• Maybe I am the odd one out, but I cringe if I ever forget to put in a pair of pearls, I think I look schleppy and plain.

  9. S in Chicago :

    Top frump factors to me:

    Along with wearing pants that are too short, I would add wearing pants with an unflattering rise for your body type (either ultra low or ultra high)

    Glasses that look too round and big– 80s ish and not in a deliberate way

    Mid-calf hem length broomstick style skirts or maxi skirts–great for weekends, but look totally off in the workplace

  10. I’ve always thought of frumpy as function being the only consideration. My SIL buys only Lands End clothes in washable fabrics – mostly cotton or cotton-poly blends – and while they “fit” her, they don’t flatter her figure one bit. All of her clothes are eminently practical, though. And she wears them until they are stained and threadbare. She trunps frump.

    • Stacy London on What Not to Wear calls those the ‘I give up’ dresses. They’re a dress, so you’re technically ‘dressed up’ but its basically a big piece of cloth sacking. Horrible.

  11. Oh gosh, the ladies at church with the hose and opened toe shoes or sandals! I’m finally on board that you can wear tights with peeptoe booties, but it’s not a look I would rock. We even have ladies who wear black hose with white shoes. And they say I’m boring because they think I don’t wear color!

    I think, in general, clothes or hairstyles that look really dated or ill-fitting.

    • Thank you! I have a friend from college who always wears nude hose with sandals to weddings, and it ages her terribly. (It’s not like it’s cold out — I think no one told her she doesn’t have to do this.) It looks like she’s stolen fashion ideas from my grandmother because she used to do the same thing. No toes showing + seams of stockings.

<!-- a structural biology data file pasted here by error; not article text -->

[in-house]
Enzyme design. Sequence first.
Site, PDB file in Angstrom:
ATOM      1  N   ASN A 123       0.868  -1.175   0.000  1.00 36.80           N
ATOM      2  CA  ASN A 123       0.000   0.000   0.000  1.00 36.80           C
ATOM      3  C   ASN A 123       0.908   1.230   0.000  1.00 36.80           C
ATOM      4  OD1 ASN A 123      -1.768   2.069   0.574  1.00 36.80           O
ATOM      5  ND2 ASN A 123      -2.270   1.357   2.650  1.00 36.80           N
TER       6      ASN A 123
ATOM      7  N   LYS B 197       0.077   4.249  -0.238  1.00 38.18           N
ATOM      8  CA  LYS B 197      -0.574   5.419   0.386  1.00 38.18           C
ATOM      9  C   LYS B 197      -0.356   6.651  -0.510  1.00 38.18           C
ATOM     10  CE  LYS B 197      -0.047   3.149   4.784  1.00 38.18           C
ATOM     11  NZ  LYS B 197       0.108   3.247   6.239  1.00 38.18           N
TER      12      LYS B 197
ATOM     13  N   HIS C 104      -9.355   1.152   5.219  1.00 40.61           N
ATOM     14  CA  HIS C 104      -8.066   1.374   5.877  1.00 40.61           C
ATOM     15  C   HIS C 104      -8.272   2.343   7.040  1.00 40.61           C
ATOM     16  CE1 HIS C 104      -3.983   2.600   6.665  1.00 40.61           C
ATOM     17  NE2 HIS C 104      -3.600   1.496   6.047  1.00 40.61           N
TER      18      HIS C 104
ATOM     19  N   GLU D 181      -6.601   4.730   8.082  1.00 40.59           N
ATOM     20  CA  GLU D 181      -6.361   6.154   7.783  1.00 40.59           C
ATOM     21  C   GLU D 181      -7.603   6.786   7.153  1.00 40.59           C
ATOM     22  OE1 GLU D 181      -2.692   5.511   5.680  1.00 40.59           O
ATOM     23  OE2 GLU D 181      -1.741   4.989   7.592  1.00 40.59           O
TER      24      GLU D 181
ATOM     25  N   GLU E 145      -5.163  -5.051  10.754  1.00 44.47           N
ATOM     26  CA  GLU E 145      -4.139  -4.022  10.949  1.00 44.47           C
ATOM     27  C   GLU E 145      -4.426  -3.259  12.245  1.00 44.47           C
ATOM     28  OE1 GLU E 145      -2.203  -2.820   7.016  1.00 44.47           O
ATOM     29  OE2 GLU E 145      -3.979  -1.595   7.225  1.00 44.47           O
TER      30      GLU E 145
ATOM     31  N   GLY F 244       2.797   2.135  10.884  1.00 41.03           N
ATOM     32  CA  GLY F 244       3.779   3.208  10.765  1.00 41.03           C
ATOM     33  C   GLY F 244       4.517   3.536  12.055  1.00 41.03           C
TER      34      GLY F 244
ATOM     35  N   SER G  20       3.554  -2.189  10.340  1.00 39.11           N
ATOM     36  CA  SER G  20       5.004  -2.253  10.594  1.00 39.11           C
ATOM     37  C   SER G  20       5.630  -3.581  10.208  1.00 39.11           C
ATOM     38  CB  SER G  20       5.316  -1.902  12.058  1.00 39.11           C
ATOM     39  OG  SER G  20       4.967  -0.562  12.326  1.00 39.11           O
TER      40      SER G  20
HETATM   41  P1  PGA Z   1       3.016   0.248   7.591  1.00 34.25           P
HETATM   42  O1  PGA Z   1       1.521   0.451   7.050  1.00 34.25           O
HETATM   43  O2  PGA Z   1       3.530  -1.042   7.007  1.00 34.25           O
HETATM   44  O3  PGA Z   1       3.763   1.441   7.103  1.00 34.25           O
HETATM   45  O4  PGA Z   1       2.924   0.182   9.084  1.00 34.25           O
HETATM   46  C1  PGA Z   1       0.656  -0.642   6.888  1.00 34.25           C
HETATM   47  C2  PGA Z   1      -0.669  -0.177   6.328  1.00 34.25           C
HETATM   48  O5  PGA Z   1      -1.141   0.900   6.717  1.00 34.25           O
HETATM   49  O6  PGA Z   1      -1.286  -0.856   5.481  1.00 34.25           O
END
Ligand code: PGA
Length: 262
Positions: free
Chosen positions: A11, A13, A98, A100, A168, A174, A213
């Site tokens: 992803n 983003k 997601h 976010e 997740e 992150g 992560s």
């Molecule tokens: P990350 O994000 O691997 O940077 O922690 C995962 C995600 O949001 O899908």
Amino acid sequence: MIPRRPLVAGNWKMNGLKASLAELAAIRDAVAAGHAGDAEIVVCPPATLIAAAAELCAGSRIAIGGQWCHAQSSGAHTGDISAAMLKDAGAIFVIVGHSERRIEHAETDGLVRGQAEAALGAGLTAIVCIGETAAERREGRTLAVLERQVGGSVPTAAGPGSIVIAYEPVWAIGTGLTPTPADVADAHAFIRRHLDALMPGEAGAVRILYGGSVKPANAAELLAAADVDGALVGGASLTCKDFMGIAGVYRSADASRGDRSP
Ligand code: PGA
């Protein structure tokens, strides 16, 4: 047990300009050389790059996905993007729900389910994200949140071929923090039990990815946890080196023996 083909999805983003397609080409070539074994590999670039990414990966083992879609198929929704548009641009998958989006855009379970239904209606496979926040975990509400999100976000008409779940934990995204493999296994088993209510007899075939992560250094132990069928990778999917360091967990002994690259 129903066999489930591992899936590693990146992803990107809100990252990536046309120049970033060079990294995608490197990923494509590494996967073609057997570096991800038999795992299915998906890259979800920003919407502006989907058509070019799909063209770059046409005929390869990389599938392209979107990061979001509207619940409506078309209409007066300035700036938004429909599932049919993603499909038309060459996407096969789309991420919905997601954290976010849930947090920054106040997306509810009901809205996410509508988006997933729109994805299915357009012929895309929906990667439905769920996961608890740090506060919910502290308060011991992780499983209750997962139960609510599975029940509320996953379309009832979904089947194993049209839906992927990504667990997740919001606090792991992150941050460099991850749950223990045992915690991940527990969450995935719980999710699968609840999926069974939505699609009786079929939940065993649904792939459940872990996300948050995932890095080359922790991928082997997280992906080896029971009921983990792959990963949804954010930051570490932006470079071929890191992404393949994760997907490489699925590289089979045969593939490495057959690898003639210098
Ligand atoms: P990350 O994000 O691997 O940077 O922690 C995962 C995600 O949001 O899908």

12. I think these two posts are really helpful re: frump

    The first from Putting Me Together shows how small details really make a difference between frumpy and not: http://www.puttingmetogether.com/2013/07/shabby-to-chic-buying-right-pieces.html?utm_source=feedburner

    This one from Extra Petite is all about how proportions of clothing (specifically skirt length) makes all the difference re: frump: http://www.extrapetite.com/2010/05/finding-your-ideal-skirt-length.html

    Really, frump is about looking like you don’t really care about what you’re wearing…

  13. 1. Pants that are too short.
    2. Polo shirts with logos, even if it is a customer / vendor.
    3. Wrinkled linen pants.
    4. Turtlenecks and v-neck sweater vests
    5. Cropped pants
    6. Knee high stockings

    • Question about # 6: how do you know when someone’s wearing knee-highs, and what makes them frumpy? I assume you mean with pants… with a skirt “frumpy” would not be the first thing going wrong! Is it because that the bare leg / bare foot thing is
      “in”?

      • I assumed they meant with skirts (how would you know with pants?).

        Personally, I think “panty-hose” and other stockings really are frumpy. Yes, some offices require it, but for those that don’t ugh no. And agree with PP about them with open toe shoes. Just no.